As winter is officially here and the nights are drawing in so our diet begins to crave more hearty filling food. Stew and warming curries get given centre stage during the winter months, well at least they do in my household. I realise that I have never posted a pilau rice dish, which would be a great accompaniment with a wide range of curries. Plain basmati rice is all very well but if you delicately spice it and accompany it with some nuts or fruit, it just adds a lovely new fragrant dimension to the meal and really only takes a couple of extra minutes to prepare.
I find my spiced pilau rice is really versatile as it works equally well with Middle Eastern dishes as well as Indian curries.
The three C’s are wonderful spices: cardamom, cloves and cinnamon stick and give a warming aroma to any dish. I also have a particular weakness for cardamom in sweet dishes, but that’s for another post. Star anise not only looks inviting but also has a delicate aniseed smell and taste and is used a lot in Vietnamese and Chinese dishes. The queen of spices is saffron – one of the most expensive so it is used sparingly, hence only a pinch used in this dish. If you do not have saffron you could use a generous pinch of ground turmeric instead, which will give a yellow hue.
I used blanched almonds this time, but depending on what is in my cupboard I may use cashew nuts or even unsalted peanuts. If you are serving a more Middle Eastern dish then pistachio nuts would also work really well.
Let me know how you get on. Send me a photo of your dish and accompanying curry to my twitter account and I will retweet it to all my followers. Is there any particular pilau rice that you make at home? How does if differ to my spiced pilau?
Spiced Pilau Rice
1/2 tbsp ghee/butter
7cm cinnamon stick, broken in two
2 star anise
4 cardamom pods, slightly opened
190g basmati rice (Approx one handful per person)
350ml cold water
1 tsp salt
2 tbsp hot milk
1 large pinch of saffron (or ground turmeric)
1 tsbp rose water
2 tbsp blanched almonds or cashew nuts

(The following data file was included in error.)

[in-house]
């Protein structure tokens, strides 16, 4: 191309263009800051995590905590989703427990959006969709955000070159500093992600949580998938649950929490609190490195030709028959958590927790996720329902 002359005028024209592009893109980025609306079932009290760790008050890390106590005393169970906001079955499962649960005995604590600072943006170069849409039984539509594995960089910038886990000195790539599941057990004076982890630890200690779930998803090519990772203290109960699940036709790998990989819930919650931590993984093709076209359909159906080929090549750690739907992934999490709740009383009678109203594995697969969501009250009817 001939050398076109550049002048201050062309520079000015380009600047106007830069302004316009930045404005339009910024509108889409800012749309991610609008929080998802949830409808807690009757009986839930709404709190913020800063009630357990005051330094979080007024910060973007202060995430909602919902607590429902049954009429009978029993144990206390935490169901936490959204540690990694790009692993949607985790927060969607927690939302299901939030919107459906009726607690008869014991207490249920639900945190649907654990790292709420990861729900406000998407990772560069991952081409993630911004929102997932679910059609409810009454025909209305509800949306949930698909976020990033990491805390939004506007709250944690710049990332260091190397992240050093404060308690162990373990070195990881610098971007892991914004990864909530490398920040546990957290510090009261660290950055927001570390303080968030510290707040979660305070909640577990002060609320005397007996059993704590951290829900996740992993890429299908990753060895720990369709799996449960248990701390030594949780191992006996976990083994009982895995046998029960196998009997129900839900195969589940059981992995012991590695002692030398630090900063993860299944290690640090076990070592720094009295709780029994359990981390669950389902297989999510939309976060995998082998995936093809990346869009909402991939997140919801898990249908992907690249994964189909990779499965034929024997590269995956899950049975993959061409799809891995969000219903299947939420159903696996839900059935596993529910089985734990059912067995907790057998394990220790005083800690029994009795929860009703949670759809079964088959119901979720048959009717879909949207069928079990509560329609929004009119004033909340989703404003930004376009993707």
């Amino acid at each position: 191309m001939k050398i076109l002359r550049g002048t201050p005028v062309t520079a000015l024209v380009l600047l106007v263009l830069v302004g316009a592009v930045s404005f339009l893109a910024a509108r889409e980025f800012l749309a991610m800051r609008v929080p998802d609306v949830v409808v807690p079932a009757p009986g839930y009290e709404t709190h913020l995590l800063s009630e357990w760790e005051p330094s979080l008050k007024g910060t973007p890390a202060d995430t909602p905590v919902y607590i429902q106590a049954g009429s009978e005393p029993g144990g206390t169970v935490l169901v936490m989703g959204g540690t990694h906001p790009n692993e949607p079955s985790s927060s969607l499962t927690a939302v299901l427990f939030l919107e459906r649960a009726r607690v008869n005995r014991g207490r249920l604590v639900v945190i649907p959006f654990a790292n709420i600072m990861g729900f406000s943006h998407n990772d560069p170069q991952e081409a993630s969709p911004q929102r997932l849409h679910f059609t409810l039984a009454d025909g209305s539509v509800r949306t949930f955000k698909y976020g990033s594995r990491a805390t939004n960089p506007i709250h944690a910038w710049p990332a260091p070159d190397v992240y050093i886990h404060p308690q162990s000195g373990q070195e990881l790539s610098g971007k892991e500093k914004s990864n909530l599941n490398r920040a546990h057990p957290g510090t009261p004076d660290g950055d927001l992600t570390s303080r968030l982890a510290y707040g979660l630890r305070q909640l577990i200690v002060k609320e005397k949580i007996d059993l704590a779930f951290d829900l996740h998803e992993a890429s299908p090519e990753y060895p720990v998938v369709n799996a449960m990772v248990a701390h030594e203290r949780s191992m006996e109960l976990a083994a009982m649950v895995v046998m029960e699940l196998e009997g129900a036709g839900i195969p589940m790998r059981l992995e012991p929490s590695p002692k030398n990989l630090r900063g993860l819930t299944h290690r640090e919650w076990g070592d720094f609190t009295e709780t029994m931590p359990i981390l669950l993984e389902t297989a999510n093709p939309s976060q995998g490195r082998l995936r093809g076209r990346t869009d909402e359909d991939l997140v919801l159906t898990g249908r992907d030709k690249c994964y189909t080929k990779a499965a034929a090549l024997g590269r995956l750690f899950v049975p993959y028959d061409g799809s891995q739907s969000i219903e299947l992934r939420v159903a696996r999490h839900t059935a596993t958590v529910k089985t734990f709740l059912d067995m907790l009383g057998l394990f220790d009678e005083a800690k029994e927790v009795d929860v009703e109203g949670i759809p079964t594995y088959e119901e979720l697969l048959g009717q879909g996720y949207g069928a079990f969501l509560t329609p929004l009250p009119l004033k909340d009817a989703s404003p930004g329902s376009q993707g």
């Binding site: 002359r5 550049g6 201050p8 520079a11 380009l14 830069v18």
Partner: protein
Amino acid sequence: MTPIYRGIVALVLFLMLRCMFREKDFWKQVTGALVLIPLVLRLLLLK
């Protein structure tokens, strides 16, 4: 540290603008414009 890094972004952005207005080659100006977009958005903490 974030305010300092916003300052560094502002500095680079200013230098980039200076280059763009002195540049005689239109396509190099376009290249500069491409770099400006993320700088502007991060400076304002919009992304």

1. First rinse the rice a couple of times with cold water so that the water runs clear and not cloudy. Drain and set aside. If you have time then soak the rice in cold water for 10 minutes then drain.
2. Heat the milk and then place the saffron in the milk. Give a good stir. Leave to soak whilst you prepare the rice.
3. In a pan heat the ghee or butter and when it is melted add the star anise, cardamom, cloves and cinnamon stick. Let them sizzle away for half a minute, before adding the drained rice and salt and stirring together. Add the cold water. As a rule I always make sure that the water is about 1/3 of your smallest finger above the rice. Stir and then let the rice come to the boil which will take a couple of minutes.
4. Once it has come to the boil, turn the heat down and place the lid on the pan. Let the rice gently cook and steam away for 8 minutes. By this time small holes will have appeared in the top of the rice. Turn the heat off and leave the lid on the rice so that it can steam for a further 10 minutes.
5. In a small frying pan dry roast the blanched almonds or cashew nuts for a couple of minutes so that they begin to bronze.
6. Place the saffron milk and rose water over the rice and then gently fluff it up with a fork.
7. Scatter over a platter with the nuts over the top.
Serve with any Indian dal, vegetable, meat or fish curry. It also works really well with Middle Eastern meat or fish dishes.